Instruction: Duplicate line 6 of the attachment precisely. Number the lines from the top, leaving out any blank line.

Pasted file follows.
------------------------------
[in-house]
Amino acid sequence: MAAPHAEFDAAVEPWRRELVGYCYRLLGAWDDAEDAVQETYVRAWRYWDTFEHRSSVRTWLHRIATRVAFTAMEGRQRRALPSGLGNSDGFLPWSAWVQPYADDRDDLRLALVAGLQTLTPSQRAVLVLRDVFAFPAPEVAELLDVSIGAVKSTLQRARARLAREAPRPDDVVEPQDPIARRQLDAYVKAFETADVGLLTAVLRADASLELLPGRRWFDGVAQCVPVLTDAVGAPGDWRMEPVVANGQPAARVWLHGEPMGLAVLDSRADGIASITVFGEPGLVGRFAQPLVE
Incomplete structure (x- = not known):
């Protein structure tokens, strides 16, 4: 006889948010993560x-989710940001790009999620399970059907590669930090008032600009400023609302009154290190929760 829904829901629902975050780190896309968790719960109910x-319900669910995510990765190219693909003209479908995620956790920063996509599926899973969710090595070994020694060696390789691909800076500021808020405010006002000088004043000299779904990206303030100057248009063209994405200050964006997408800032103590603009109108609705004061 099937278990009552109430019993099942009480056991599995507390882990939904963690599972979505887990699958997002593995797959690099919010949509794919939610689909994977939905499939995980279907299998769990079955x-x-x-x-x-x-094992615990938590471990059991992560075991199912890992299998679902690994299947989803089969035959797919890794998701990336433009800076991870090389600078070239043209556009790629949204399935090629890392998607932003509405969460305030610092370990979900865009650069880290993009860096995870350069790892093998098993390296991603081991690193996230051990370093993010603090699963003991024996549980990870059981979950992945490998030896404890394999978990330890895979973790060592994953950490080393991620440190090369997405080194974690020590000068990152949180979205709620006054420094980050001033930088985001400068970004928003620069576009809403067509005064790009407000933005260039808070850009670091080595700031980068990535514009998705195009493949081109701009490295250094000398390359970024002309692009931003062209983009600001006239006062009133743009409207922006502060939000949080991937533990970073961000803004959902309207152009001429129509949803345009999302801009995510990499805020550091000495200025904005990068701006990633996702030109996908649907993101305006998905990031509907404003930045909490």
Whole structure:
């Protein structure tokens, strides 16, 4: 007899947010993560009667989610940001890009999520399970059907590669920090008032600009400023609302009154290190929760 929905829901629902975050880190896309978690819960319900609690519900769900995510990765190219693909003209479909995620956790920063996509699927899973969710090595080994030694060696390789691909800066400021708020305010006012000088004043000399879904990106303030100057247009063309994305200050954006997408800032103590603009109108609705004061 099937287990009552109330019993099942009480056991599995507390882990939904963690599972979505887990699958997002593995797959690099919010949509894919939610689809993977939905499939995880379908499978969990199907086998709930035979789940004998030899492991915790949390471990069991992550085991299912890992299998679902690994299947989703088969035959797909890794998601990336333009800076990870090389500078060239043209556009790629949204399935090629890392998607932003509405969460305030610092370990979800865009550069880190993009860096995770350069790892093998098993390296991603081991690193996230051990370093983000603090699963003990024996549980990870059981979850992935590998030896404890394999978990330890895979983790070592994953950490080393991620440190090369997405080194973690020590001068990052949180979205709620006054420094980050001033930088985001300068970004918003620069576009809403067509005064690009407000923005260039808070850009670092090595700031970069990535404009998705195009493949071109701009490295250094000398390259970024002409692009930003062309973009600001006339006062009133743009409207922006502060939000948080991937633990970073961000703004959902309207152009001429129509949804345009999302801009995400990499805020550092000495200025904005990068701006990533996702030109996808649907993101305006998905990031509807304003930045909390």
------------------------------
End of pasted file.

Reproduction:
């Protein structure tokens, strides 16, 4: 007899947010993560009667989610940001890009999520399970059907590669920090008032600009400023609302009154290190929760 929905829901629902975050880190896309978690819960319900609690519900769900995510990765190219693909003209479909995620956790920063996509699927899973969710090595080994030694060696390789691909800066400021708020305010006012000088004043000399879904990106303030100057247009063309994305200050954006997408800032103590603009109108609705004061 099937287990009552109330019993099942009480056991599995507390882990939904963690599972979505887990699958997002593995797959690099919010949509894919939610689809993977939905499939995880379908499978969990199907086998709930035979789940004998030899492991915790949390471990069991992550085991299912890992299998679902690994299947989703088969035959797909890794998601990336333009800076990870090389500078060239043209556009790629949204399935090629890392998607932003509405969460305030610092370990979800865009550069880190993009860096995770350069790892093998098993390296991603081991690193996230051990370093983000603090699963003990024996549980990870059981979850992935590998030896404890394999978990330890895979983790070592994953950490080393991620440190090369997405080194973690020590001068990052949180979205709620006054420094980050001033930088985001300068970004918003620069576009809403067509005064690009407000923005260039808070850009670092090595700031970069990535404009998705195009493949071109701009490295250094000398390259970024002409692009930003062309973009600001006339006062009133743009409207922006502060939000948080991937633990970073961000703004959902309207152009001429129509949804345009999302801009995400990499805020550092000495200025904005990068701006990533996702030109996808649907993101305006998905990031509807304003930045909390």